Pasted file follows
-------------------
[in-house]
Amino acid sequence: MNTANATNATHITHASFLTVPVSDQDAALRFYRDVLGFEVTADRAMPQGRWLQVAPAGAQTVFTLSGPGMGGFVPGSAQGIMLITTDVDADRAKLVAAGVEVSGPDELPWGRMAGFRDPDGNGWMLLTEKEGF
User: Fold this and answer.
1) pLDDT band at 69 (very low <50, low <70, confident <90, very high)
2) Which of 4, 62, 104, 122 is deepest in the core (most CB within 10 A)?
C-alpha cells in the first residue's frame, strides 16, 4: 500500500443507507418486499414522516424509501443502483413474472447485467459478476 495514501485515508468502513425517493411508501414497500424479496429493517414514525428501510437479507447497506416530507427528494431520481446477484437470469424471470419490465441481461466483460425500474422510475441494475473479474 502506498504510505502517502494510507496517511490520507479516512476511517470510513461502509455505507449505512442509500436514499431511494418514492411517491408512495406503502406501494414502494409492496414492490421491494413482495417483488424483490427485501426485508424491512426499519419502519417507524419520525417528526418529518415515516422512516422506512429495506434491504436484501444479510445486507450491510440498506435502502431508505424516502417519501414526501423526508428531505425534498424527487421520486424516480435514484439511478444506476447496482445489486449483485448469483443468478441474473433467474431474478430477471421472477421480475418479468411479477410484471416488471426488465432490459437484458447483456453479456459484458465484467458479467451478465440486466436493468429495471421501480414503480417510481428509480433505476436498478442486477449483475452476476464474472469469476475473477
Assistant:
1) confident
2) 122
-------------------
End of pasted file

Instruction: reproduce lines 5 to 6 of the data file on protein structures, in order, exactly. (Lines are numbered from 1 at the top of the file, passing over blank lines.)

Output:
2) Which of 4, 62, 104, 122 is deepest in the core (most CB within 10 A)?
C-alpha cells in the first residue's frame, strides 16, 4: 500500500443507507418486499414522516424509501443502483413474472447485467459478476 495514501485515508468502513425517493411508501414497500424479496429493517414514525428501510437479507447497506416530507427528494431520481446477484437470469424471470419490465441481461466483460425500474422510475441494475473479474 502506498504510505502517502494510507496517511490520507479516512476511517470510513461502509455505507449505512442509500436514499431511494418514492411517491408512495406503502406501494414502494409492496414492490421491494413482495417483488424483490427485501426485508424491512426499519419502519417507524419520525417528526418529518415515516422512516422506512429495506434491504436484501444479510445486507450491510440498506435502502431508505424516502417519501414526501423526508428531505425534498424527487421520486424516480435514484439511478444506476447496482445489486449483485448469483443468478441474473433467474431474478430477471421472477421480475418479468411479477410484471416488471426488465432490459437484458447483456453479456459484458465484467458479467451478465440486466436493468429495471421501480414503480417510481428509480433505476436498478442486477449483475452476476464474472469469476475473477